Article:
A wander down Wulumuqi Lu

Two months before our move to Shanghai, Matt and I came on a pre-trip to discover a bit more about our prospective home. On a chilly February afternoon, jet-lagged and a little hung-over (having succumbed to the welcoming hospitality of some colleagues the night before), we took a whirlwind tour around a few of the common expat settlements.

As a general rule, expats with kids live on the Pudong side of the Huangpu river as that’s where the International schools are. Last time I checked we don’t have kids, so Matt and I chose to live downtown (the other side of the river).


I wanted to give a glimpse into the area we now call home – the Former French Concession in Xuhui – by sharing some photos of my favourite street: Wulumuqi Lu.

A few feet from our apartment block on the lukou (intersection) between Wulumuqi Lu and HuaiHai Zhong Lu (our street), locals gather in a small communal area. Come rain, shine or smog you will find them playing cards, dancing to music, chatting or just reading the daily paper.

The sense of community is tangible, perhaps unsurprising for a culture which still give more weight to the community than the individual. Often I will walk past here and see older people in wheelchairs, sometimes still in their pajamas, who have been brought out by their friends to socialise and participate.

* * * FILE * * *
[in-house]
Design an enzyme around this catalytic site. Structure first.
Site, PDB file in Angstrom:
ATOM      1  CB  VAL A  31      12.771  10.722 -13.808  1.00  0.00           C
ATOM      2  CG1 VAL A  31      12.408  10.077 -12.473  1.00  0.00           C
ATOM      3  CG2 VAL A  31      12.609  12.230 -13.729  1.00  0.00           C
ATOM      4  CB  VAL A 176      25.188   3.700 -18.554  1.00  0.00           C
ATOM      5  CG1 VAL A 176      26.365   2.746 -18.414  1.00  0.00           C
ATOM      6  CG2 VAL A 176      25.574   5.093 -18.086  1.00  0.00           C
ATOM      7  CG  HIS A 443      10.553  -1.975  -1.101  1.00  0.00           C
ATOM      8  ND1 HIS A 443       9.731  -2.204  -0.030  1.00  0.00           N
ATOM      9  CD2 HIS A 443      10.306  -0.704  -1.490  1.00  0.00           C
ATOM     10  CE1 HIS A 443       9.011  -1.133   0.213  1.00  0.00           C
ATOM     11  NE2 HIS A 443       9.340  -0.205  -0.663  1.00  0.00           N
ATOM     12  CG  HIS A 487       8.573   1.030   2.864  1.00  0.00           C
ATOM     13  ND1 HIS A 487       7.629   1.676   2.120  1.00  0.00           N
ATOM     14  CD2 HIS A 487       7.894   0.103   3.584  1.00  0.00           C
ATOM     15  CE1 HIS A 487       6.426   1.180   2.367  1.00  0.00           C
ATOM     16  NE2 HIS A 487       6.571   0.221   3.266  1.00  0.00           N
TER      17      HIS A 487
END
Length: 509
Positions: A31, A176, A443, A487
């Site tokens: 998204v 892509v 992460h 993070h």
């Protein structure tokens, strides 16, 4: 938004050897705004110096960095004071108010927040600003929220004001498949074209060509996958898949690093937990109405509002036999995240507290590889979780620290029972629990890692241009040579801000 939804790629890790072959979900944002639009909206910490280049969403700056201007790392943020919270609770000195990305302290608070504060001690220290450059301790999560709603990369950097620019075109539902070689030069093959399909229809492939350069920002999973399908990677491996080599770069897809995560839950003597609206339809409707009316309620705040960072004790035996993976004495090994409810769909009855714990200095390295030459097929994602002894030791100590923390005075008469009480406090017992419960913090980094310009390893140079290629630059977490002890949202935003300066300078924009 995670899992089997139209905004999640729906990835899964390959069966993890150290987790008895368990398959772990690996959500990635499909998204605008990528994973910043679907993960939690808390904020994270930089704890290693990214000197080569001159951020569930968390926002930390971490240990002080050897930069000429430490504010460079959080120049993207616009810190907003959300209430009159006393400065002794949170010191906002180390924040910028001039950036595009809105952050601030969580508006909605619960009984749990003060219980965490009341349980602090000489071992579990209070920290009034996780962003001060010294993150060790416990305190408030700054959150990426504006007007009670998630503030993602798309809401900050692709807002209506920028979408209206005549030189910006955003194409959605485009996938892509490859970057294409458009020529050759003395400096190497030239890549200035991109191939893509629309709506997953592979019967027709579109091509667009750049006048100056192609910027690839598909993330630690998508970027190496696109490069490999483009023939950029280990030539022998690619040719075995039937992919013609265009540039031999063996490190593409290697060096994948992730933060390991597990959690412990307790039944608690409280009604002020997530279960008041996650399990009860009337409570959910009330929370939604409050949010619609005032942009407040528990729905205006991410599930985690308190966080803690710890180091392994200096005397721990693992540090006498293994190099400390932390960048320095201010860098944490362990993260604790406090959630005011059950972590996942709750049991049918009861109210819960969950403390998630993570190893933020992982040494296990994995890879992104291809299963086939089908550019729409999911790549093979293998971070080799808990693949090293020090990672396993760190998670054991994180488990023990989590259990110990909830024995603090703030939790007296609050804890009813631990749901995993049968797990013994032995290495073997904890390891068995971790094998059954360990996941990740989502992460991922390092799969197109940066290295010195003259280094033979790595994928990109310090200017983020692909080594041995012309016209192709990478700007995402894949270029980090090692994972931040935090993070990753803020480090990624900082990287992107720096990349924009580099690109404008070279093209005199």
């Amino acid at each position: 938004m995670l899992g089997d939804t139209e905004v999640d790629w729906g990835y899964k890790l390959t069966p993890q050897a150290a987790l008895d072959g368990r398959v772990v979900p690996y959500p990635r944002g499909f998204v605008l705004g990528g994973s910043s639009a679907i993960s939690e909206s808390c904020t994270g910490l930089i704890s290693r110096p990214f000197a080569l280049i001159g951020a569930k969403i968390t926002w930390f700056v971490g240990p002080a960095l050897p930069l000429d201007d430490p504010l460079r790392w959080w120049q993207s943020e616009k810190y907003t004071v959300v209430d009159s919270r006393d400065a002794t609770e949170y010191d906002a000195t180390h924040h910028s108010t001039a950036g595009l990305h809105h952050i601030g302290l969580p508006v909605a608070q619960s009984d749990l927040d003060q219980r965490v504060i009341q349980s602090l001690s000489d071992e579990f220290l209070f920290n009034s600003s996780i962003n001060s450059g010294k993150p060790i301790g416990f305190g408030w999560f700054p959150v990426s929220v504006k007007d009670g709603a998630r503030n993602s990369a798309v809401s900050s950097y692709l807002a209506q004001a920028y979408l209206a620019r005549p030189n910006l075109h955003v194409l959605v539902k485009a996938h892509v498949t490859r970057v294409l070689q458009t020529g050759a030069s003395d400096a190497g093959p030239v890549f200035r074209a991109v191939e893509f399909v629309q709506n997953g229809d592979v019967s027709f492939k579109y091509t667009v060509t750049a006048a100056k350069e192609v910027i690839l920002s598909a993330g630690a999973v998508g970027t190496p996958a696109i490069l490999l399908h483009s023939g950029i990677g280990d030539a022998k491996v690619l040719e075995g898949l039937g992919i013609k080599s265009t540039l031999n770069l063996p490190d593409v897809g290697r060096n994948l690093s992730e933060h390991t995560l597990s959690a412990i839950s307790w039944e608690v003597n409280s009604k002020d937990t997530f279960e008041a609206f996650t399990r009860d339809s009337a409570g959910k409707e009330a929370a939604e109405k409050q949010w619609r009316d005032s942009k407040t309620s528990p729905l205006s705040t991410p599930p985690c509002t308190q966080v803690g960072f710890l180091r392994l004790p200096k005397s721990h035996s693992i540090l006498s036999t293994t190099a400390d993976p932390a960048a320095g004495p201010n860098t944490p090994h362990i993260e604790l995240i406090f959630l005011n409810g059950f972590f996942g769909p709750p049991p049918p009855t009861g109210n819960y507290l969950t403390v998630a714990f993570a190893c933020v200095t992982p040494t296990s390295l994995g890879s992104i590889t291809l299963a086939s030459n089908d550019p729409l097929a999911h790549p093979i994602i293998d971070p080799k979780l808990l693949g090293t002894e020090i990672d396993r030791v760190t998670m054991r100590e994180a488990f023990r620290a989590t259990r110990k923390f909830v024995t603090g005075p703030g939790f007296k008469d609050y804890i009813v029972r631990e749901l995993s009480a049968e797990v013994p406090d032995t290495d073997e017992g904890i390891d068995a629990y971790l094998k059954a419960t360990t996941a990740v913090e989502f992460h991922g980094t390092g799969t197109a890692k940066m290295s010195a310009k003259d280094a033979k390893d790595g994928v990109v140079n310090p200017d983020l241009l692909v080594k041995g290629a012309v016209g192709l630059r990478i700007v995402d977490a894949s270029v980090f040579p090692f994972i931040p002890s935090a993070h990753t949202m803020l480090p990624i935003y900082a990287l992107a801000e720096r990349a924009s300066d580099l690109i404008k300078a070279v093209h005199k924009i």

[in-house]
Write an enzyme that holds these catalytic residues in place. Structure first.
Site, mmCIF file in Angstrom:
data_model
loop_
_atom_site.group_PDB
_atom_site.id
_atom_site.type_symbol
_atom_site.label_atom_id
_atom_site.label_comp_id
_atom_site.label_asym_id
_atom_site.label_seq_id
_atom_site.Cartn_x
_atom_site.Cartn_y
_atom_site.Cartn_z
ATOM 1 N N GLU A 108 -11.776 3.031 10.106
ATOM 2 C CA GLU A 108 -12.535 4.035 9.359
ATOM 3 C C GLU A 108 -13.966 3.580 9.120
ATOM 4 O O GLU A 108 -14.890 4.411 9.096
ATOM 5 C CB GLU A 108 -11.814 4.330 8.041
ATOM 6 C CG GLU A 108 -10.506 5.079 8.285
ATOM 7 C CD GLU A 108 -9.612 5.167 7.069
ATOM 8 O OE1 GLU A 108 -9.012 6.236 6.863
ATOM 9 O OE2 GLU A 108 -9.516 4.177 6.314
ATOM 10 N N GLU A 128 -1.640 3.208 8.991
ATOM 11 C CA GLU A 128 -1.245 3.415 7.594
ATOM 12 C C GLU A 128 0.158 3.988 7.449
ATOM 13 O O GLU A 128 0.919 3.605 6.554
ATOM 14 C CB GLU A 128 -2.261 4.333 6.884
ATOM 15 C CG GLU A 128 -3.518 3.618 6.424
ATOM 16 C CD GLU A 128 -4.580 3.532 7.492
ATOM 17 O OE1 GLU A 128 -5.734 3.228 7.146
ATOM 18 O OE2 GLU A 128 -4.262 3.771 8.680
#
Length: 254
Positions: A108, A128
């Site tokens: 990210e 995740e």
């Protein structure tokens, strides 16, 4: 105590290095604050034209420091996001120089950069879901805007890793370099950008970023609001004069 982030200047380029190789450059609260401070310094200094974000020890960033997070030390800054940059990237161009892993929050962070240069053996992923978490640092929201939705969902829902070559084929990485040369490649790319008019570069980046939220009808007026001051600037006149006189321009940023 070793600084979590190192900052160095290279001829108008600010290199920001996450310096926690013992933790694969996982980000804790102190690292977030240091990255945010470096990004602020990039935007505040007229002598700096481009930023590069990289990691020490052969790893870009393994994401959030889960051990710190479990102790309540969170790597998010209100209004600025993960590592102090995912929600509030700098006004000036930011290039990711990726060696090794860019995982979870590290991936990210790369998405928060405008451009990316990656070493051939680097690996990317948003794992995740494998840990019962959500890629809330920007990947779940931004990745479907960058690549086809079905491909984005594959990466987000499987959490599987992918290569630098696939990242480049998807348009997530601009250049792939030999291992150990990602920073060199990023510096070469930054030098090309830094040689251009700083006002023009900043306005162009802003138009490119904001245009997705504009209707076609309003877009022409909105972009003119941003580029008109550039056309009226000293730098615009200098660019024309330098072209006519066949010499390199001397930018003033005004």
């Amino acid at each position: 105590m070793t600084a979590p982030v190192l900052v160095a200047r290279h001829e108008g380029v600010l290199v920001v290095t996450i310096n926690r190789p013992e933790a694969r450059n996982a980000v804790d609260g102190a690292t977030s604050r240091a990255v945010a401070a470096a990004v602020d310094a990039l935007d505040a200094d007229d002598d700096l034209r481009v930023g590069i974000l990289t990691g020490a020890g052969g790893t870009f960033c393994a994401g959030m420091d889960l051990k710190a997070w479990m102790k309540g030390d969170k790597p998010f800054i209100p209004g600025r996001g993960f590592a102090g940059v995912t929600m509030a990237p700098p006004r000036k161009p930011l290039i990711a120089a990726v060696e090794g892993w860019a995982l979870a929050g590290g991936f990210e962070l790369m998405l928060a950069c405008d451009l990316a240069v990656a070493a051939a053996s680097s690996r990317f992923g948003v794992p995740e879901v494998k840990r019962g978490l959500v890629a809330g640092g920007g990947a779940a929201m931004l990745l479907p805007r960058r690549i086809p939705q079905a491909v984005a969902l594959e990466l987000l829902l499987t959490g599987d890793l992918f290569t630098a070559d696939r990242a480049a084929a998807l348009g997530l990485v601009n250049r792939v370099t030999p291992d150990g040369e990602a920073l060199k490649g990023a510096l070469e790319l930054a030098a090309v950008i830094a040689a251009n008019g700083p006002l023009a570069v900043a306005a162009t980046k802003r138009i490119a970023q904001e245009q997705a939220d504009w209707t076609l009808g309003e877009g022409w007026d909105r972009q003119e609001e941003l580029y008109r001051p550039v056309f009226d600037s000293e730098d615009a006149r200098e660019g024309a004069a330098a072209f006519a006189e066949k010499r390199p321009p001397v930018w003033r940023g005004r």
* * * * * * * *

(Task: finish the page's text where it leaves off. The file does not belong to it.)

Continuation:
I love this photo – dappled autumn sunlight through the trees, a cluster of bikes and mopeds, clothes hung out unashamedly to dry in the sun. It has a sense of stillness which belies the chaotic reality.


I mentioned in a previous blog the ubiquitous transformation of Shanghai streetscapes, with new bars, restaurants and coffee shops – especially coffee shops – opening on a daily basis. Wulumuqi Lu is no exception, actually it is a perfect example. In a couple of days I bet I will be able to order a artisanal single-origin organic drip-brewed cup of caffine at this place. Meanwhile, that guy will still be pedaling empty cardboard boxes on his rusty 3-wheeled push-bike.


Whatever you need – chances are these guys will have one. And it will cost you about a quid.


This photo (above) is typical of Wulumuqi Lu: guy sat in a shady alleyway selling fruits out of a crate next to Western-style butchers-come-coffee-shop. More scooters; more washing; a melting pot of faces.

Pretty much everywhere I go in Shanghai I find myself in prime people-watching territory. This is one of my favourite past-times wherever I am in the world, but there is something about the Chinese people – young and old- that I find transfixing.